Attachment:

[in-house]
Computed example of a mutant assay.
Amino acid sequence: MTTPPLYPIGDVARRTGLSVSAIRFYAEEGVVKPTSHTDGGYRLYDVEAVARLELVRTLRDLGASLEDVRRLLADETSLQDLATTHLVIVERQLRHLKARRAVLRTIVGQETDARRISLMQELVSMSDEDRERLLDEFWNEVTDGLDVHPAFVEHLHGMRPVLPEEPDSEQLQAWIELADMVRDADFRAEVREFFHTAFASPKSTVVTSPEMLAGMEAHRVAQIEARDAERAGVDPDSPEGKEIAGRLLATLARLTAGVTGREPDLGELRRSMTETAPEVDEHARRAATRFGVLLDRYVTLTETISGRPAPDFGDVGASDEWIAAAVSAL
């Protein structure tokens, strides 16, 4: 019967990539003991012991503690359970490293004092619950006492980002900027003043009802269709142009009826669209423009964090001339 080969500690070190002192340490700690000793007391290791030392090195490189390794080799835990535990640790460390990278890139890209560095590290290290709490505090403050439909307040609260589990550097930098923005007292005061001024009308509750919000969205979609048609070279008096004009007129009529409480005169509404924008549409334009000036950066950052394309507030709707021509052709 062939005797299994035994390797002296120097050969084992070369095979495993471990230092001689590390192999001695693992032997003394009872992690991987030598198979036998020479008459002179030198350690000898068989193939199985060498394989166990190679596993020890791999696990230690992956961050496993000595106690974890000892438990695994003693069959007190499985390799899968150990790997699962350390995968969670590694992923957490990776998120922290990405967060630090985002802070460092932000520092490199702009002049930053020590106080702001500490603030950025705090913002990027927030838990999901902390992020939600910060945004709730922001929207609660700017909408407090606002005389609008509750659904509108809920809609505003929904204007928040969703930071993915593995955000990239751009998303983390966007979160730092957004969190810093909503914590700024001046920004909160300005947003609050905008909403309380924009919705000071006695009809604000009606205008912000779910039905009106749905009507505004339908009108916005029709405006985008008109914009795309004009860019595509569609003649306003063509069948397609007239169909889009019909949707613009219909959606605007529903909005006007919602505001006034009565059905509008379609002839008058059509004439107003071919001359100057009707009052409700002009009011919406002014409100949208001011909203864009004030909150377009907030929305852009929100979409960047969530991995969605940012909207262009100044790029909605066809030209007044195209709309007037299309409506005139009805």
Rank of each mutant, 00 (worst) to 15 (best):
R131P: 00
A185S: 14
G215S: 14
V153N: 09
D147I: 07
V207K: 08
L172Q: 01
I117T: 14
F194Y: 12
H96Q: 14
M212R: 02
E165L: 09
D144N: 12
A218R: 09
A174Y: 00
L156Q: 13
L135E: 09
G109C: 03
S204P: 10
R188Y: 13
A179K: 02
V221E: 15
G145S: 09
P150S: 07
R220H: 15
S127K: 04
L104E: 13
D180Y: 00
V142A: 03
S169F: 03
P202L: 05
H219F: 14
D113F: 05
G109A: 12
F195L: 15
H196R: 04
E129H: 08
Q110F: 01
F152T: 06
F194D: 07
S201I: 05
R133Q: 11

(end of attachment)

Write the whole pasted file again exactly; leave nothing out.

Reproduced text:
[in-house]
Computed example of a mutant assay.
Amino acid sequence: MTTPPLYPIGDVARRTGLSVSAIRFYAEEGVVKPTSHTDGGYRLYDVEAVARLELVRTLRDLGASLEDVRRLLADETSLQDLATTHLVIVERQLRHLKARRAVLRTIVGQETDARRISLMQELVSMSDEDRERLLDEFWNEVTDGLDVHPAFVEHLHGMRPVLPEEPDSEQLQAWIELADMVRDADFRAEVREFFHTAFASPKSTVVTSPEMLAGMEAHRVAQIEARDAERAGVDPDSPEGKEIAGRLLATLARLTAGVTGREPDLGELRRSMTETAPEVDEHARRAATRFGVLLDRYVTLTETISGRPAPDFGDVGASDEWIAAAVSAL
């Protein structure tokens, strides 16, 4: 019967990539003991012991503690359970490293004092619950006492980002900027003043009802269709142009009826669209423009964090001339 080969500690070190002192340490700690000793007391290791030392090195490189390794080799835990535990640790460390990278890139890209560095590290290290709490505090403050439909307040609260589990550097930098923005007292005061001024009308509750919000969205979609048609070279008096004009007129009529409480005169509404924008549409334009000036950066950052394309507030709707021509052709 062939005797299994035994390797002296120097050969084992070369095979495993471990230092001689590390192999001695693992032997003394009872992690991987030598198979036998020479008459002179030198350690000898068989193939199985060498394989166990190679596993020890791999696990230690992956961050496993000595106690974890000892438990695994003693069959007190499985390799899968150990790997699962350390995968969670590694992923957490990776998120922290990405967060630090985002802070460092932000520092490199702009002049930053020590106080702001500490603030950025705090913002990027927030838990999901902390992020939600910060945004709730922001929207609660700017909408407090606002005389609008509750659904509108809920809609505003929904204007928040969703930071993915593995955000990239751009998303983390966007979160730092957004969190810093909503914590700024001046920004909160300005947003609050905008909403309380924009919705000071006695009809604000009606205008912000779910039905009106749905009507505004339908009108916005029709405006985008008109914009795309004009860019595509569609003649306003063509069948397609007239169909889009019909949707613009219909959606605007529903909005006007919602505001006034009565059905509008379609002839008058059509004439107003071919001359100057009707009052409700002009009011919406002014409100949208001011909203864009004030909150377009907030929305852009929100979409960047969530991995969605940012909207262009100044790029909605066809030209007044195209709309007037299309409506005139009805």
Rank of each mutant, 00 (worst) to 15 (best):
R131P: 00
A185S: 14
G215S: 14
V153N: 09
D147I: 07
V207K: 08
L172Q: 01
I117T: 14
F194Y: 12
H96Q: 14
M212R: 02
E165L: 09
D144N: 12
A218R: 09
A174Y: 00
L156Q: 13
L135E: 09
G109C: 03
S204P: 10
R188Y: 13
A179K: 02
V221E: 15
G145S: 09
P150S: 07
R220H: 15
S127K: 04
L104E: 13
D180Y: 00
V142A: 03
S169F: 03
P202L: 05
H219F: 14
D113F: 05
G109A: 12
F195L: 15
H196R: 04
E129H: 08
Q110F: 01
F152T: 06
F194D: 07
S201I: 05
R133Q: 11